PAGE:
DHS revoked guidance establishing DAPA on June 15 after determining that there was no credible path to litigate the policy, which was enjoined by federal court decisions in 2015 before its implementation. The injunction was upheld by an equally-divided Supreme Court in June 2016.

Judge Directs DHS to Follow Terms of Flores Settlement Agreement

U.S. District Court Judge Dolly Gee issued an order on June 27 enforcing the terms of the Flores Settlement Agreement (FSA) reached in 1997 following a class action against the then-Immigration and Naturalization Service (INS), a precursor to the Department of Homeland Security (DHS). The Agreement sets a presumption in favor of releasing minors to a parent, legal guardian, adult relative or designated individual, and, where detention is required to ensure their safety or their appearance before the INS or an immigration court, children are to be placed in non-secure, licensed facilities meeting certain standards.

The plaintiffs in Flores v. Sessions argued (and the Court found) that DHS breached several terms of the FSA by failing to provide, among other things, clean drinking water, adequate food and proper sleeping and sanitary conditions. In addition, the order requires DHS to make and document continuous efforts to release minors through making individualized assessments regarding each minor’s flight risk. Finally, DHS has to nominate a Juvenile Coordinator within 30 days of the order to review and monitor compliance with the FSA and report to the Court for one year following the order.

The American Immigration Lawyers Association (AILA) and other immigrants’ rights advocates welcomed Judge Gee’s order, which raises hopes that a Juvenile Coordinator will encourage compliance with the settlement agreement and eventually help bring family detention to an end.

Federal Judge Freezes Deportations of Chaldean Iraqis

On June 26, U.S. District Court Judge Mark Goldsmith issued a nationwide stay of removal for 1,444 Chaldean Christians from Iraq on the grounds that they are likely to face “extreme, grave consequences” on account of religion if deported to Iraq. The ruling expanded on Judge Goldsmith’s action last week, which halted the deportation of 114 Iraqi nationals from the Detroit area, to include more Iraqi Chaldean Christians at immediate risk of deportation. The Iraqi nationals will now have two more weeks to challenge their orders of removal in court.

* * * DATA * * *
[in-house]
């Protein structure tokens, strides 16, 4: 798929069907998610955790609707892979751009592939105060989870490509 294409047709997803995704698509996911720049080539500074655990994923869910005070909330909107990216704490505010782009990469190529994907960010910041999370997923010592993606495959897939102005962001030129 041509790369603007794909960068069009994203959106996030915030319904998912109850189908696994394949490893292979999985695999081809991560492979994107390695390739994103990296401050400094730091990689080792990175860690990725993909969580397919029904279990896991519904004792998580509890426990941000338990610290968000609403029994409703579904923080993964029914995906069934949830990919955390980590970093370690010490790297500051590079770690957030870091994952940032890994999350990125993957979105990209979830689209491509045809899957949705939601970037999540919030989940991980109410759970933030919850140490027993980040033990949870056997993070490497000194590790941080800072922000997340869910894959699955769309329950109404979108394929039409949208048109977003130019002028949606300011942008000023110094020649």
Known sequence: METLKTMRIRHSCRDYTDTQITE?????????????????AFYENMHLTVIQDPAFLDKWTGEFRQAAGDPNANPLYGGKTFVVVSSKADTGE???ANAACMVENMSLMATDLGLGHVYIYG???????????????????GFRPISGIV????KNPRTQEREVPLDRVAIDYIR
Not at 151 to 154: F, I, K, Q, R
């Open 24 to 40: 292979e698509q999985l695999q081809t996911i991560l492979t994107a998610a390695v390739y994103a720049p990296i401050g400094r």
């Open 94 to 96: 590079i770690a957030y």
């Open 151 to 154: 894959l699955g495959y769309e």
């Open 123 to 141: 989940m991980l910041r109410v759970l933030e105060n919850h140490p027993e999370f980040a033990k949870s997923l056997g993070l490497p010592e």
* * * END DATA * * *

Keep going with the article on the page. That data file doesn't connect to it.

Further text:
Many of the Chaldean Christians have asserted that they will face religious persecution and be in danger if returned to Iraq, including the risk of death. Faith leaders and other community members expressed concerns about the immigration arrests of Iraqi Christians.  The arrests followed a deal between the Iraqi and U.S. governments earlier this year, under which Iraq agreed to start accepting deportees who do not have passports or travel documents in exchange for being removed from President Trump’s travel ban of seven Muslim-majority countries.


House Passes Immigration Enforcement Bills to Crack Down on “Sanctuary Jurisdictions,” Border Crossers

On June 29, the House of Representative passed two immigration enforcement bills that would have a dramatic impact on interior immigration enforcement in the United States.

The No Sanctuary for Criminals Act (H.R. 3003) passed by a 228 to 195 vote. The bill would require jurisdictions to honor federal immigration detainers, which have been found to be legally questionable, prohibit jurisdictions from maintaining or adopting local community trust policies that restrict officers from inquiring about the immigration status of individuals and expand mandatory detention of immigration violators, including to those with decades-old driving-while-intoxicated offenses and providing no opportunity to receive bond. Jurisdictions that violate H.R. 3003 would possibly lose broad categories of federal grants relating to law enforcement, terrorism, national security, or immigration and naturalization.

In addition, Kate’s Law (H.R. 3004), sponsored by Representative Bob Goodlatte (R – Virginia), passed by a 257 to 167 vote. The bill, named after Kate Steinle, would increase criminal penalties for those charged with unauthorized reentry to the U.S. after previously being deported. The bill would also make it more difficult for those with reentry offenses to challenge previous removal orders, even if it was unfair or erroneous, and expands the definition of “crosses the border” and “removal” to apply to more people, including asylum seekers.

President Trump and Department of Homeland Security Secretary John Kelly praised the two bills. Kelly, in an appearance at Capitol Hill with Speaker Paul Ryan, said the bills would help uphold the law of the U.S. and stop prioritizing “criminals over public and law enforcement officer safety.” However, immigrant advocacy organizations and law enforcement groups, including the National Fraternal Order of Police and members of the Law Enforcement Immigration Task Force, expressed concerns with the legislation, noting that it would prevent law enforcement from maintaining community trust and would divert resources away from pursuing dangerous criminals and criminal organizations.

ICE Plans to Target Parents of Unaccompanied Children